Of Queue

Packet

Packet

Packet

Packet

Packet

Packet


Buffer/Queue

  • When packets arrive at an output port faster than the output link speed (perhaps only momentarily)

  • Can drop all excess packets

    • Resulting in terrible performance

  • Or can hold excess packets in buffer/queue

    • Resulting in some delay, but better performance

  • Still have to drop packets when buffer is full

    • For a FIFO queue, “drop tail” or “drop head” are common policies

    • i.e. drop last packet to arrive vs drop first packet in queue to make room

  • A chance to be smart: Transmission of packets held in buffer/queue can be *scheduled*

    • Which stored packet goes out next? Which is more “important”?

    • Impacts quality of service


Scheduler

  • Decides how the output link capacity is shared by flows

    • Which packet from which flow gets to go out next?

  • E.g. FIFO schedule

    • Simple schedule: whichever packet arrives first leaves first

    • Agnostic of concept of flows, no need for classifier, no need for a real “scheduler”, a FIFO queue is all you need

  • E.g. TDMA schedule

    • Queue packets according to flows

      • Need classifier and multiple FIFO queues

    • Divide transmission times into slots, one slot per flow

    • Transmit a packet from a flow during its time slot


TDMA Example

flow 1

TDMA

Scheduler

Classifier

flow 2

1

2

flow n

Buffer management


Internet Today

  • FIFO queues are used at most routers

  • No classifier, no scheduler, best-effort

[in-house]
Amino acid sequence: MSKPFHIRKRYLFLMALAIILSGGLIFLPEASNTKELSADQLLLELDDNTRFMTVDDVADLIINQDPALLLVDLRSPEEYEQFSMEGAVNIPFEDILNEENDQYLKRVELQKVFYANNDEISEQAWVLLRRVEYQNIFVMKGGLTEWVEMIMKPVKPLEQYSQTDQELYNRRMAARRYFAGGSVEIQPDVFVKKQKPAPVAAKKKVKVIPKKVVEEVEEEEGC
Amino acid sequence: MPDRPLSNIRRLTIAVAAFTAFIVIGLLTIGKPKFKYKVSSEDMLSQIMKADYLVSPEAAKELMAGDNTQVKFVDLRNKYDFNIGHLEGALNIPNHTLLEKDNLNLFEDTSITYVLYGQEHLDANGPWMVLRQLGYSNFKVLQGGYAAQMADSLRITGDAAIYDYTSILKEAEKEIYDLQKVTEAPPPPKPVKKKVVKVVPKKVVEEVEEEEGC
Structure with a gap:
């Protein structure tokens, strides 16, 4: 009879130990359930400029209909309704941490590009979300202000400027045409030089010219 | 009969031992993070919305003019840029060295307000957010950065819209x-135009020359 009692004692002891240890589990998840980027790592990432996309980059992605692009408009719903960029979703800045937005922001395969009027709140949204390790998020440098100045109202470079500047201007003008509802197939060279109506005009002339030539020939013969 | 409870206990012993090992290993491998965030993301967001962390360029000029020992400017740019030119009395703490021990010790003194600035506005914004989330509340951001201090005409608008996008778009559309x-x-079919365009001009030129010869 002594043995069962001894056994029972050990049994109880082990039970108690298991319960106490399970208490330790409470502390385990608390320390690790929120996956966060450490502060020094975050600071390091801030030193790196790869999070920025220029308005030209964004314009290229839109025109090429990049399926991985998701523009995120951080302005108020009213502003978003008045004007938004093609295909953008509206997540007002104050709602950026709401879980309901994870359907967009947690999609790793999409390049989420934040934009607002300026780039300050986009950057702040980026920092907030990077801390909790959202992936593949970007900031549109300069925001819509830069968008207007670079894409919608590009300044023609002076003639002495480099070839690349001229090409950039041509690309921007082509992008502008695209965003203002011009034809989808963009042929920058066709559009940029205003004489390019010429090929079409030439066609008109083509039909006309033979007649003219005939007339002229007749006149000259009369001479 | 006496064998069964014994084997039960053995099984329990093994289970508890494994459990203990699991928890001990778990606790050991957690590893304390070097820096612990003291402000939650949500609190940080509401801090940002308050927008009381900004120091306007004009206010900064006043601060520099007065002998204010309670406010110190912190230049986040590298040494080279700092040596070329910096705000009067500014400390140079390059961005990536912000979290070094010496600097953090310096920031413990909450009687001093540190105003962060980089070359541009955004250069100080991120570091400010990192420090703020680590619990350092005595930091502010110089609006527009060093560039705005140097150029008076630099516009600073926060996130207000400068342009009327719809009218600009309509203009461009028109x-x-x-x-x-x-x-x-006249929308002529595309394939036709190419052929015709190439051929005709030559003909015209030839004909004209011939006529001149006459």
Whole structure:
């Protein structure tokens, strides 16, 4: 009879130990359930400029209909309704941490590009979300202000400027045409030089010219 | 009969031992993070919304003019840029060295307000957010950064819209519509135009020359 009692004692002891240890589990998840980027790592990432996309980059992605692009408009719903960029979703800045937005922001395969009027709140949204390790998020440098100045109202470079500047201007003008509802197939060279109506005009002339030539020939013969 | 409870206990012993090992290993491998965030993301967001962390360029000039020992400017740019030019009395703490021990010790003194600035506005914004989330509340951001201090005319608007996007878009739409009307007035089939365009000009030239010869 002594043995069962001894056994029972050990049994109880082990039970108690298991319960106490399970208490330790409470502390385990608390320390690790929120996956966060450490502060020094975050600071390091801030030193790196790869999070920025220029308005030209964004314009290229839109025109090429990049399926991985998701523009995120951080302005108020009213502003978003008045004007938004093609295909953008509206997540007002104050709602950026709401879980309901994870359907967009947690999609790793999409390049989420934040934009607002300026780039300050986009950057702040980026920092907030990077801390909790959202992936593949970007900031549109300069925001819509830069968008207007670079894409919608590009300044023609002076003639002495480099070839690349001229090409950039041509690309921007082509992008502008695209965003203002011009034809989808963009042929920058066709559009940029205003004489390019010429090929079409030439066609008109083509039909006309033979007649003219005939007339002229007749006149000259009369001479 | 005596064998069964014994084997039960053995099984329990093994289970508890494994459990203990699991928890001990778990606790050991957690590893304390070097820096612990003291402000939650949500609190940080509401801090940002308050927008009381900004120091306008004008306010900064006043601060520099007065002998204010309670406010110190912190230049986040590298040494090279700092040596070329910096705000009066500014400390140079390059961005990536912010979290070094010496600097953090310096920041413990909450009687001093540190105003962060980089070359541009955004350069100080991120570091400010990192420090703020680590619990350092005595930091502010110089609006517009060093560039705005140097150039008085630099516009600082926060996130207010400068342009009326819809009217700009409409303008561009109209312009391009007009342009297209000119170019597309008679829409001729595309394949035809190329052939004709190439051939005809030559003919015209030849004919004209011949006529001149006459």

• Sophisticated mechanisms tend to be more common near the “edge” of the network

    • E.g. At campus routers

    • Use classifier to pick out Kazaa packets

    • Use scheduler to limit bandwidth consumed by Kazaa traffic


Achieving QoS in Statistical Multiplexing Network

  • We want guaranteed QoS

  • But we don’t want the inefficiency of TDMA

    • Unused time slots are “wasted”

  • Want to statistically share un-reserved capacity or reserved but unused capacity

  • One solution: Weighted Fair Queuing (WFQ)

    • Guarantees a flow receives at least its allocated bit rate


WFQ Architecture

flow 1

WFQ

Scheduler

Classifier

flow 2

1

2

flow n

Buffer management


What is Weighted Fair Queueing?

Packet queues

  • Each flow i given a weight (importance) wi

  • WFQ guarantees a minimum service rate to flow i

    • ri = R * wi / (w1 + w2 + ... + wn)

    • Implies isolation among flows (one cannot mess up another)

w1

w2

R

wn


water buckets

t2

t1

w2

w3

w1

What is the Intuition? Fluid Flow

w1

water pipes

w2

w3


Fluid Flow System

  • If flows can be served one bit at a time

  • WFQ can be implemented using bit-by-bit weighted round robin

    • During each round from each flow that has data to send, send a number of bits equal to the flow’s weight


Flow 1 (w1 = 1)

100 Kbps

Flow 2 (w2 = 1)

Flow 1

(arrival traffic)

1

2

4

5

3

time

Flow 2

(arrival traffic)

1

2

3

4

5

6

time

Service

in fluid flow

system

3

4

5

1

2

1

2

3

4

5

6

time (ms)

0

10

20

30

40

50

60

70

80

Fluid Flow System: Example 1


Fluid Flow System: Example 2

  • Red flow has packets backlogged between time 0 and 10

    • Backlogged flow  flow’s queue not empty